Prepackaged Foods: Rice, potatoes, and pasta in their natural forms are low in salt. But if you get the convenient “all-in-one” box and add the flavor packet, you may end up eating more than half of your daily allowance of sodium in just one serving.
Tips: Choose a bowl of plain, fast-cooking rice and add your own seasonings. Or microwave potatoes to serve with your choice of fixings.
If you think those little extras you add to your food aren’t a source of salt, think again.
Ketchup (1 tablespoon) = 154 milligrams
Sweet relish (1 tablespoon) = 122 milligrams
Capers (1 tablespoon) = 202 milligrams (drained)
Tip: Go for low- or sodium-free versions. Or get creative with substitutions: Try cranberry relish or apple butter for a naturally lower-salt choice.
Watch Serving Sizes
The amount of sodium you see on a nutrition label isn’t for the whole package. It’s for one serving. Check to see how many are in each container.
Food Label Claims
They can be confusing, but you can figure them out with this cheat sheet:
Sodium-free: Less than 5 milligrams a serving
Very low-sodium: 35 milligrams or less per serving
Low-sodium: Less than 140 milligrams per serving
Reduced sodium: 25% less sodium
Unsalted, no salt added, or without added salt: Made without the salt normally used, but still has the sodium that’s a natural part of the food itself.
What’s in a Name?
When you’re scanning a food label, don’t just look for the word “salt.” Watch out for various forms of sodium or other names for the same thing:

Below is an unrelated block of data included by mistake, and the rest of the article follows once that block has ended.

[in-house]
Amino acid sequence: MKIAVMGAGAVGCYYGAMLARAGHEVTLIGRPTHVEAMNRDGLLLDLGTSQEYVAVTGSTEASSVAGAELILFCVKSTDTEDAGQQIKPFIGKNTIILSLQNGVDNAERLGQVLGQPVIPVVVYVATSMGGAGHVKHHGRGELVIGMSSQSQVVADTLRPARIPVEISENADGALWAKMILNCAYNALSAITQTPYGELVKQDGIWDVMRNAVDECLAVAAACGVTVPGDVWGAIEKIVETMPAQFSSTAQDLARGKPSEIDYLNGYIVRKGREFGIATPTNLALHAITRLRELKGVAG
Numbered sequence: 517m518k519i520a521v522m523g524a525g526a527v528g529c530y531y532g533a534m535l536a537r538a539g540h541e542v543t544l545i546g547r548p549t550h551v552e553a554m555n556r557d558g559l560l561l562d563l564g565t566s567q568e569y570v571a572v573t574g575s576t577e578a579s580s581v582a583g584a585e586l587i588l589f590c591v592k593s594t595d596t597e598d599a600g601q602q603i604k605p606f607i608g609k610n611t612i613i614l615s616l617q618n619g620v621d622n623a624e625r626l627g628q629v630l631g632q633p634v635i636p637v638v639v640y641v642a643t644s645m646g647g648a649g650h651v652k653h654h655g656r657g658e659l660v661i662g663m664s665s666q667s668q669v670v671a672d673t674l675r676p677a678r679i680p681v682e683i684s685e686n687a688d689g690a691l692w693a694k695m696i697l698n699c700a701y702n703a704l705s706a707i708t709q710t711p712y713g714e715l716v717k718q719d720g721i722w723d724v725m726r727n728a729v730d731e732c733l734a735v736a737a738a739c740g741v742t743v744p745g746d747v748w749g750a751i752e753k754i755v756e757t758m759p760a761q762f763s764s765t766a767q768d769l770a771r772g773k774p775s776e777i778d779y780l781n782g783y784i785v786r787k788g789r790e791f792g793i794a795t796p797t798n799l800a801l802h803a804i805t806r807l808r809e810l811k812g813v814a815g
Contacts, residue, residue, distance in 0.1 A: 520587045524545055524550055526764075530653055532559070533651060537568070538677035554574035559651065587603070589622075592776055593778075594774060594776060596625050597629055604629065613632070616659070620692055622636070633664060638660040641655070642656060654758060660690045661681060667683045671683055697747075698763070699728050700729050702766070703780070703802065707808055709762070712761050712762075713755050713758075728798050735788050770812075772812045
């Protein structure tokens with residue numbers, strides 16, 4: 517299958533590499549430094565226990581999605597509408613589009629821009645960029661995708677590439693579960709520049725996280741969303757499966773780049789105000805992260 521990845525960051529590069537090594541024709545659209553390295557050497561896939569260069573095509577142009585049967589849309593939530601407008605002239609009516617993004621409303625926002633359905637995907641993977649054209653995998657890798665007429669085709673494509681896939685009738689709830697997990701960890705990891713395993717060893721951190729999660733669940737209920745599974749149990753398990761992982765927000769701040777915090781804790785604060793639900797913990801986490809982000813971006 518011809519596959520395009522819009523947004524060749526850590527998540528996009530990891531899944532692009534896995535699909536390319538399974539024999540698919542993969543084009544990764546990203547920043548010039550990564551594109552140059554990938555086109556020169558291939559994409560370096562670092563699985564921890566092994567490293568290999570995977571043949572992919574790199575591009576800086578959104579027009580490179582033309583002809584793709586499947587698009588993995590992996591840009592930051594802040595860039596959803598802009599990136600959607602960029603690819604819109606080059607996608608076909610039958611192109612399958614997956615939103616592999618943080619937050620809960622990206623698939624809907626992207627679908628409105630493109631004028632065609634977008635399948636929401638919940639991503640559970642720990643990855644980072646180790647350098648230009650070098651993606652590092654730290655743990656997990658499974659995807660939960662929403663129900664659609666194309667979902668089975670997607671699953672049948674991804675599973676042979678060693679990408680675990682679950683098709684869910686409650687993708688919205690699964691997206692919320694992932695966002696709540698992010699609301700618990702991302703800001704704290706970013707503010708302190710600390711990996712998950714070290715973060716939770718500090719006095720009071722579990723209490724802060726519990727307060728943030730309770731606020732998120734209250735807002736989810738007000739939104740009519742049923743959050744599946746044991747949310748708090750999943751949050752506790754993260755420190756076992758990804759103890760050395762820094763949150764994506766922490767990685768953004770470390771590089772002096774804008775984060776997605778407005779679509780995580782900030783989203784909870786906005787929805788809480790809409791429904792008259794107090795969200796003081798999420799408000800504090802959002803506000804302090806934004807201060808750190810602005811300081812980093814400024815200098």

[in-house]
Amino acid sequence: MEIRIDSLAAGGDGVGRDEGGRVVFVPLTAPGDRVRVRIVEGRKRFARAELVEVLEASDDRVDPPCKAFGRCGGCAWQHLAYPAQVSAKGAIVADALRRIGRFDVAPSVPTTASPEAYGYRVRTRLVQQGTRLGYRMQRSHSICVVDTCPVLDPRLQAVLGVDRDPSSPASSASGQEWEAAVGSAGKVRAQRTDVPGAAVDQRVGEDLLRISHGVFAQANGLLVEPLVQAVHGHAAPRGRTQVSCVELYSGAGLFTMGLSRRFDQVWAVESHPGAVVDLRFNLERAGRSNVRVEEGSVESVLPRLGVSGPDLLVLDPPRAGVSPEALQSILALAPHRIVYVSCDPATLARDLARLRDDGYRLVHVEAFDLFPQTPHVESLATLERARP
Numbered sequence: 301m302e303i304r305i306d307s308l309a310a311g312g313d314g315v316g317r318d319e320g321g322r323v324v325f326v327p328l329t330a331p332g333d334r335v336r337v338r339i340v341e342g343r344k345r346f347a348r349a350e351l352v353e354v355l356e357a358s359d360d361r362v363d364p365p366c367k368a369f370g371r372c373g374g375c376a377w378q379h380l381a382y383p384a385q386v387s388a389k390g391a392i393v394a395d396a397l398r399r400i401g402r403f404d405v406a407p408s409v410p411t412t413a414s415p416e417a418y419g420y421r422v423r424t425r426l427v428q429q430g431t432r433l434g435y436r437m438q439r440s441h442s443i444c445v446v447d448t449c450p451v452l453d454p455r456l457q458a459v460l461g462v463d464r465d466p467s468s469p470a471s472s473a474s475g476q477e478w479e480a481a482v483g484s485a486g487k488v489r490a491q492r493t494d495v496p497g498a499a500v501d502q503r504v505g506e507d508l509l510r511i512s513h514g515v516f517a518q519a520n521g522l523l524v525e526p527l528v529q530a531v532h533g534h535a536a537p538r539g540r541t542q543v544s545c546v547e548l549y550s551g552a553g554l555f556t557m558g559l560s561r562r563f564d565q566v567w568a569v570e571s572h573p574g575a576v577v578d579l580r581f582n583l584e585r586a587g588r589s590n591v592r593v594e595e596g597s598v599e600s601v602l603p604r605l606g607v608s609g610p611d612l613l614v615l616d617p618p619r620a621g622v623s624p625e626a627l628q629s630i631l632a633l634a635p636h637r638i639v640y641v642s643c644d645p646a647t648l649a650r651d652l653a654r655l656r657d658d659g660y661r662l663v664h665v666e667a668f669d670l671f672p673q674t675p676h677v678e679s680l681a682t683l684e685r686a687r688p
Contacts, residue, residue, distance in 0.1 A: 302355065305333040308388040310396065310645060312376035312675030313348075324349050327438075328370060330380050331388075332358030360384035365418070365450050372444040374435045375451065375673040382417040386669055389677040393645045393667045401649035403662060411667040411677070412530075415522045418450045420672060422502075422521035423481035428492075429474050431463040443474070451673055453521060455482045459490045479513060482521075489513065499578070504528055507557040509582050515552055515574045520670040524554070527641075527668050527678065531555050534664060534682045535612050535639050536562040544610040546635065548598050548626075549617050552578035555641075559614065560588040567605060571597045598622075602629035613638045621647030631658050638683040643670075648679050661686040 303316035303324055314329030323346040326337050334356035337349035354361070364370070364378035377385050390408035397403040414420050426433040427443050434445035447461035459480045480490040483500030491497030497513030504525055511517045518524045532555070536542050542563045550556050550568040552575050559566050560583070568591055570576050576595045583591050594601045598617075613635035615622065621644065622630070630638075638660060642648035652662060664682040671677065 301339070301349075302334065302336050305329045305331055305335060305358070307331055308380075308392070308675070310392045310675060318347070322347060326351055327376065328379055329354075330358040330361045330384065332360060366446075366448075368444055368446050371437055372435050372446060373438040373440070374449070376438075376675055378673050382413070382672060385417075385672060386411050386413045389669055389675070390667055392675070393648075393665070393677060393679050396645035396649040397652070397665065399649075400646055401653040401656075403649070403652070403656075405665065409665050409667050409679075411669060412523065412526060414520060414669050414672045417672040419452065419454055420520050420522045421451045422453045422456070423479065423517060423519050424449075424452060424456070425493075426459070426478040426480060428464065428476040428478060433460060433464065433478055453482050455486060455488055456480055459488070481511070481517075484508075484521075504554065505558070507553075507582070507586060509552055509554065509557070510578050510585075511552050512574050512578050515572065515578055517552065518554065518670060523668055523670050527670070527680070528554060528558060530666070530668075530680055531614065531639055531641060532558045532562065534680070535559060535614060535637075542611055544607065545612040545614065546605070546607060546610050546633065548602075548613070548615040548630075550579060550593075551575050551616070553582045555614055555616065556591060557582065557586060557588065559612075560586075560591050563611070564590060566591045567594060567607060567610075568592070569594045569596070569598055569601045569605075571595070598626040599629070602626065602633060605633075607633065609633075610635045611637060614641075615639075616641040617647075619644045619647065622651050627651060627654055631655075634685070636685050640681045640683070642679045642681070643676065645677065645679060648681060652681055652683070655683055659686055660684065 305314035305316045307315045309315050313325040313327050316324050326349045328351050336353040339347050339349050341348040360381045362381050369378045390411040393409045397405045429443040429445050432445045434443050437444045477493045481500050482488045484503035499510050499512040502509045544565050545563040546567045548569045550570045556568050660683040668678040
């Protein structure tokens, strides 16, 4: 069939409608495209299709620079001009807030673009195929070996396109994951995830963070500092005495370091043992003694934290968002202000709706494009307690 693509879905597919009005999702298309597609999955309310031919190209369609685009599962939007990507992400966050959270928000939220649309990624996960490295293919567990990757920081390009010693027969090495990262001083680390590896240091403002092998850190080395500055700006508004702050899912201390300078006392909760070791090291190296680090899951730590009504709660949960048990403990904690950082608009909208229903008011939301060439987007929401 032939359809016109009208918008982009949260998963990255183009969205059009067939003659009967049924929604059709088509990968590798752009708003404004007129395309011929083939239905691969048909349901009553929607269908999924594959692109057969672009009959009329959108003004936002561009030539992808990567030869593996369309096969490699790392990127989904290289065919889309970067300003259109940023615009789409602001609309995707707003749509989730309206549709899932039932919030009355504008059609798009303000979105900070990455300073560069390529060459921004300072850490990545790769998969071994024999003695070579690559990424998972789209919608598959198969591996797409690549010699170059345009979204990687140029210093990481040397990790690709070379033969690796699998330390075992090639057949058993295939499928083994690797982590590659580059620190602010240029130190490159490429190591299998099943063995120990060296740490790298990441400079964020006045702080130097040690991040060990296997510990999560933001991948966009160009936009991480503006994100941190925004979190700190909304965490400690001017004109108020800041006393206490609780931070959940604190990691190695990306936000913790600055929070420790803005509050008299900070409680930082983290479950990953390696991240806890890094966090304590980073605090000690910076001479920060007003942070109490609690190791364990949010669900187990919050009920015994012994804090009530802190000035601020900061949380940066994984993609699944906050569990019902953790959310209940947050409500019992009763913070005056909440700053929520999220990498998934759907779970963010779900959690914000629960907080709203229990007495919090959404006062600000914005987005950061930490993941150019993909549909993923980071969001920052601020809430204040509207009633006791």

Sodium bicarbonate (baking soda)
Sodium stearoyl lactylate
Monosodium glutamate (MSG)
Check Your Medicine Cabinet
Surprise! Some headaches and heartburn medications have sodium carbonate or bicarbonate. Read the ingredient list and warning statement to be sure.
When you eat out, some menu choices can be a huge source of hidden salt. Soups, appetizers with cheese or meat, casseroles, and rice pilaf are some dishes to watch out for. If you ask, most restaurants will prepare your food without added salt.
Fish can be a lower-sodium option, as long as you pay attention to how it’s seasoned. Steamed veggies, prepared without salt, are another smart choice. Also, try a salad with dressing on the side. Low-sodium desserts include fruit, ice cream, sherbet, or angel food cake.
Dining Out ‘Dos’
Ask how the cook prepares your meal.
Choose a restaurant where dishes are made to order.
Ask the chef to make your dish without any type of sodium, then add a dash of salt-free seasoning from home or a squeeze of lemon or lime.
When You’re Eating Fast Food
Try these helpful tips:
Get rid of the toppings except for veggies like lettuce and tomatoes.
Skip the cheese, go easy on condiments, and don’t add salt.
Don’t supersize. Order off the children’s menu for smaller portions.
Eat a low-sodium diet for the rest of the day.
Ask for a nutrition fact sheet at the restaurant, or find it online before you go, to help you make the best possible low-sodium choices.
Who Should Go Low-Sodium?
U.S. guidelines call for about half of Americans to limit sodium to 1,500 milligrams or less per day, including:
People ages 51 and older
People with high blood pressure, diabetes, or long-term kidney disease
Cutting back on salt can cut blood pressure in some people. It can help lower the risk of heart disease, stroke, and kidney damage in those who have high blood pressure.
Track Your Salt
Don’t know how much you get every day? Keep a daily tally of what you eat and drink. Then look up how much sodium is in each item. You may be surprised at what you find. The average American takes in 3,592 milligrams of sodium each day, well above the limits recommended for good health 🙂 🙂